Yankees Shortstop Derek Jeter's Memorabilia Brings in Big Bucks

PHOTO: New York Yankees shortstop Derek Jeter runs toward the dugout between innings in a baseball game against the Baltimore Orioles at Yankee Stadium in New York, Sept. 23, 2014. Kathy Willens/AP Photo
New York Yankees shortstop Derek Jeter runs toward the dugout between innings in a baseball game against the Baltimore Orioles at Yankee Stadium in New York, Sept. 23, 2014.

Everyone wants a piece of Yankee shortstop Derek Jeter.

His final season, which ends this Sunday against the Boston Red Sox, is tugging on both heartstrings and wallets as fans try to get their hands on Jeter memorabilia.

All merchandise related to Jeter has experienced upwards of a 20 percent jump in price "across the board" over the last 12 months, according to Chris Ivy, director of Heritage Auctions.

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In addition, ticket sales for Jeter's last baseball games have also skyrocketed. The average sale price per ticket for his last home game on Thursday is $601.73, according to TiqIQ. The site says the average listed price is $834.36.

PHOTO: A Derek Jeter game used sock is on sale for $409.99. steinersports.com
A Derek Jeter game used sock is on sale for $409.99.

Steiner Sports, which calls itself the "official memorabilia partner of Derek Jeter and the New York Yankees," is even selling a "Derek Jeter Game Used Sock" for $409.99.

Brandon Steiner, CEO of Steiner sports memorabilia, declined to comment to ABC News. The New York Yankees did not respond to a request for comment from ABC News.

The price jump in all things Jeter is "substantial and directly related to the end of his Hall of Fame career," according to Noah Fleisher, Heritage Auctions' public relations director.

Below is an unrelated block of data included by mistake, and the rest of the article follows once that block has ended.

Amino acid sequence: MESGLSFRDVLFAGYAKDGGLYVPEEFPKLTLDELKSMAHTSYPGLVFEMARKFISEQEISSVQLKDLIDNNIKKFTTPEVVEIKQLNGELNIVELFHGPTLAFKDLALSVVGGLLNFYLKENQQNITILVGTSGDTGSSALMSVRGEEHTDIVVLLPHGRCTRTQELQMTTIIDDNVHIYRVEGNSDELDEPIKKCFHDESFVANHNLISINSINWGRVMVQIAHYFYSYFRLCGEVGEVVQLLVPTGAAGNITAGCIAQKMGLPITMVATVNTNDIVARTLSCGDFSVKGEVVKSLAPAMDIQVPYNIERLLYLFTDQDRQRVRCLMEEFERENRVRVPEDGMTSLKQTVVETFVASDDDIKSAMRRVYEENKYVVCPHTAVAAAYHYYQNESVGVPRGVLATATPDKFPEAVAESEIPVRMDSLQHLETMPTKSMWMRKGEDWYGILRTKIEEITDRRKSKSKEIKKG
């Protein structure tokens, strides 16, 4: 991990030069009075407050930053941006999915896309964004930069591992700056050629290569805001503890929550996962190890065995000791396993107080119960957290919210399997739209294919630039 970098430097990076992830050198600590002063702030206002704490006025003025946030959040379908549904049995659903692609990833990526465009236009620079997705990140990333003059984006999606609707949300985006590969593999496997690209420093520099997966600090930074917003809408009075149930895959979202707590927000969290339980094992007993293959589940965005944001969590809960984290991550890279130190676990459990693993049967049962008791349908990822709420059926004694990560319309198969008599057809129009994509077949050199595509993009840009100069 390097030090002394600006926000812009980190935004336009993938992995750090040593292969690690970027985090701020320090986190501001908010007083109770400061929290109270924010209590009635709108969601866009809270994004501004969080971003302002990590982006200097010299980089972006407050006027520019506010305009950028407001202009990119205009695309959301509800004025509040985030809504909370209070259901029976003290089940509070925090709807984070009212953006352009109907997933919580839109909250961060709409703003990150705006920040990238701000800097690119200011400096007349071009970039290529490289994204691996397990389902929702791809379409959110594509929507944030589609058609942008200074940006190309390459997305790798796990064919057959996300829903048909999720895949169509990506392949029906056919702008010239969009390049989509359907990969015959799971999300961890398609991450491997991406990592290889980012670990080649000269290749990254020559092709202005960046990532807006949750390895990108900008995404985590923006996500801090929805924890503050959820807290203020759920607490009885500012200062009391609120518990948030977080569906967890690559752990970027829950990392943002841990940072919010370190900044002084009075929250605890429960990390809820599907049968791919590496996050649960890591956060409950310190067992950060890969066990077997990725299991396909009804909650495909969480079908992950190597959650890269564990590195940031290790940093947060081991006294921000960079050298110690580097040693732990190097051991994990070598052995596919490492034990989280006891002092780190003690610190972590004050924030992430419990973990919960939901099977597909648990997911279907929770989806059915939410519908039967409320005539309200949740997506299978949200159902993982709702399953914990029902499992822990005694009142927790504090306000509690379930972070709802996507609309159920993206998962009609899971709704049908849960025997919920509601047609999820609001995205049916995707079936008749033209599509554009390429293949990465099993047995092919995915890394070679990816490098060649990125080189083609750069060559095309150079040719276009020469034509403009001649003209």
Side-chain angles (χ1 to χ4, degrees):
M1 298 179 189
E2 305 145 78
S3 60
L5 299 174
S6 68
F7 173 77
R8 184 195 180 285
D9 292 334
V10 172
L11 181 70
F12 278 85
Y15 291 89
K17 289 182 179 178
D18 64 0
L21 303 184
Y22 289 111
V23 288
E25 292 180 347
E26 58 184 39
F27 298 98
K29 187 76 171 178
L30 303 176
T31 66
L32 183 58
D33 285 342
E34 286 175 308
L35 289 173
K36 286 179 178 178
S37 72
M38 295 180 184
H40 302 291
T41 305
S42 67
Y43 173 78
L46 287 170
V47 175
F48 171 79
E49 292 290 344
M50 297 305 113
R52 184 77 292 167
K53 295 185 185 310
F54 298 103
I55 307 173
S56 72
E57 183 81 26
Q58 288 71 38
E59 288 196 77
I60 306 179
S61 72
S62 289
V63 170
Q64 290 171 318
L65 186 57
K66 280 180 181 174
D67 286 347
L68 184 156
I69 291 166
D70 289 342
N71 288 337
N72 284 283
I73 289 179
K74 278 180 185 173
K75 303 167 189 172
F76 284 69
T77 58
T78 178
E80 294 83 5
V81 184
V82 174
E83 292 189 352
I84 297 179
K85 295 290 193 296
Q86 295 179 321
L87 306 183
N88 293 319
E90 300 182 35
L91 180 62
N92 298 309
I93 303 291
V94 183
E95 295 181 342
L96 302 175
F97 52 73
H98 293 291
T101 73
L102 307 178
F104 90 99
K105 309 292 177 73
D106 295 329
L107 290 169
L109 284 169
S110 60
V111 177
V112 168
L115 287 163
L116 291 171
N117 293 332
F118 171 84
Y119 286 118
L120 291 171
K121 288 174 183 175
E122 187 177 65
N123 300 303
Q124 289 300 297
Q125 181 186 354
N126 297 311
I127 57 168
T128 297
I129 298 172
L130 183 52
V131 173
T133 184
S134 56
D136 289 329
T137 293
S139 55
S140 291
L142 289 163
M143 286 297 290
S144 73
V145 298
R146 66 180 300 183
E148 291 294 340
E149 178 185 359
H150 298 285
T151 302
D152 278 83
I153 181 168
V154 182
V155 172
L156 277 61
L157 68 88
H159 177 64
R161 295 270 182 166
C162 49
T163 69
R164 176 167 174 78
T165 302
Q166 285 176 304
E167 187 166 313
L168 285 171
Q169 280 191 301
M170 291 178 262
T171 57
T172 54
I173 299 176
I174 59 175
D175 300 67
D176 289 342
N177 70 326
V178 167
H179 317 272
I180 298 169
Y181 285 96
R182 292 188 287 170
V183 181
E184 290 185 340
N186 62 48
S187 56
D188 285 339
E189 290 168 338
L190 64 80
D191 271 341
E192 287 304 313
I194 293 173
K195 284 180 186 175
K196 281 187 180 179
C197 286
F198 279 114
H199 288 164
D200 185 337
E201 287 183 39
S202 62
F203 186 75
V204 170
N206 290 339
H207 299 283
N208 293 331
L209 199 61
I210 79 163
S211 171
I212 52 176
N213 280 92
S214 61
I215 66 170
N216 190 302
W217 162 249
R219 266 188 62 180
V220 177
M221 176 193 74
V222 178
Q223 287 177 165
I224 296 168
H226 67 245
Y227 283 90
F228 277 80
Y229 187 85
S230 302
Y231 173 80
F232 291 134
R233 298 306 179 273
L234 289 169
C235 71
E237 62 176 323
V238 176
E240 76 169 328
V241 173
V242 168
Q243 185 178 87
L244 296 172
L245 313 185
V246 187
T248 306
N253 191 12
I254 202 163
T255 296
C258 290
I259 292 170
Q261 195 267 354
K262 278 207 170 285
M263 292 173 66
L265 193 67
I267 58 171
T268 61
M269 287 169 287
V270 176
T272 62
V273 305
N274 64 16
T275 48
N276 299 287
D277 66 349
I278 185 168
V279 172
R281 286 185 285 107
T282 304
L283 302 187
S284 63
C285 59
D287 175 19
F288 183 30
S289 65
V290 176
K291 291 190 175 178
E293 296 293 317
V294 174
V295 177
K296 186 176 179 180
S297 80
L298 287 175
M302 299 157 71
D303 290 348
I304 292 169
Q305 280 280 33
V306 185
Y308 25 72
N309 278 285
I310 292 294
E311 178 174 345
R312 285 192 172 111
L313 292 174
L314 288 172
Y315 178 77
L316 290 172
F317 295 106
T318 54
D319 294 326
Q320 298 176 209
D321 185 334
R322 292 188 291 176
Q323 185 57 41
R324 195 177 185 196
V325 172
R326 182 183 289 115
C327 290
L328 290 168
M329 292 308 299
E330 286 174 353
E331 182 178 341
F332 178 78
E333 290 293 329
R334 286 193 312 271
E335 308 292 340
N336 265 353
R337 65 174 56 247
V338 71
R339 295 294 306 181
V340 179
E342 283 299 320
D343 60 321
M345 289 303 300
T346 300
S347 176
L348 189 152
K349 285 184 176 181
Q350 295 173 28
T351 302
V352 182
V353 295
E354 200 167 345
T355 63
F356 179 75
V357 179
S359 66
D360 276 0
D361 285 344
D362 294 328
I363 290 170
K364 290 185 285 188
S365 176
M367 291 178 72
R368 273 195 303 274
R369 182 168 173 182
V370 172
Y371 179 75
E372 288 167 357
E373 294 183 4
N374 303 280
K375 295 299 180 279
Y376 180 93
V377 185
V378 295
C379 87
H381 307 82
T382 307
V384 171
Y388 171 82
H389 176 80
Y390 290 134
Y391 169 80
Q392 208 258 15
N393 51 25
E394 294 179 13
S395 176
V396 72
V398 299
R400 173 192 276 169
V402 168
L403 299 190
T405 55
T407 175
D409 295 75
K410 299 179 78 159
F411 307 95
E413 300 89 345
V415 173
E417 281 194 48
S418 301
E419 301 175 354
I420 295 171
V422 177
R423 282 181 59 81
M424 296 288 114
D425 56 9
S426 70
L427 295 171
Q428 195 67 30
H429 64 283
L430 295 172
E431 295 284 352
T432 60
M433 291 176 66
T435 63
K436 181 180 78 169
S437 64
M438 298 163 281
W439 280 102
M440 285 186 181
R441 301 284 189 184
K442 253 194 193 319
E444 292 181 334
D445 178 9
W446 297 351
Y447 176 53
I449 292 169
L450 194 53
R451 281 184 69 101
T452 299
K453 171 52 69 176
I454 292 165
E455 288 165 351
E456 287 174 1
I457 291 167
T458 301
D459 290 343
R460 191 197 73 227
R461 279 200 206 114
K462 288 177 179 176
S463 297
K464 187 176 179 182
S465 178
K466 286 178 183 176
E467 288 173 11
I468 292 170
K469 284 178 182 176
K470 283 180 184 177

"We’ve definitely seen that Jeter items have sold well this year, including a few really big sales of game-used bats," Fleisher said.

Material at the lower end, in the $4,000 to $6,000 range, has also seen price increases, Fleisher said.

Whether this increasing interest and pricing trend will last or not is another question, said Fleisher.

"At the high end, it most likely will," Fleisher said. "Mid and lower parts of the market? It's hard to say. If he keeps his record clear, avoids scandal and becomes an statesman for the game, I’d say definitely. But that is the trick in this day and age, in my humble estimation."

Here are a few items sold by Heritage Auctions, including a 1996 World Series bat, the earliest known Jeter bat and the Jeter's 2005 Grand Slam jersey, that show a taste of pricey items sure to hit the market in the future:

1. Jeter's Earliest Known Game-Used Bat

PHOTO: Earliest known Jeter game-used bat sold for $50,788, July 31, 2014 Heritage Auctions
Earliest known Jeter game-used bat sold for $50,788, July 31, 2014

2. Jeter's First and Only Grand Slam Game-Worn Jersey

PHOTO: Jeters first and only grand slam game-worn jersey sold for $41,825 on Feb. 22, 2014 Heritage Auctions
Jeter's first and only grand slam game-worn jersey sold for $41,825 on Feb. 22, 2014

On June 18, 2005, it was the 136th time in Jeter's career that the Yankee captain had come to the plate with the bases loaded at Yankees stadium.

3. 1996 World Series Bat

PHOTO: 1996 World Series bat sold for $155,350, Feb. 22, 2014 Heritage Auctions
1996 World Series bat sold for $155,350, Feb. 22, 2014

4. 2004 Jeter Gold Glove Award

PHOTO: 2004 Derek Jetter Gold Glove Award originally sold for $19,120 on Heritage Auctions and resold for $30,000, Aug. 20, 2012. Heritage Auctions
2004 Derek Jetter Gold Glove Award originally sold for $19,120 on Heritage Auctions and resold for $30,000, Aug. 20, 2012.

Don't be surprised to see older Jeter memorabilia return to the market, even if it was never in the ballplayers possession. The auction description stated: "This 2004 Gold Glove Award is identical in every regard to the one presented to The Captain, acquired by a source close to the Rawlings Sporting Goods company that issues defensive baseball's most iconic prize. This is no replica, but instead an alternate, presumably created should some tragedy befall the other in shipping, for example."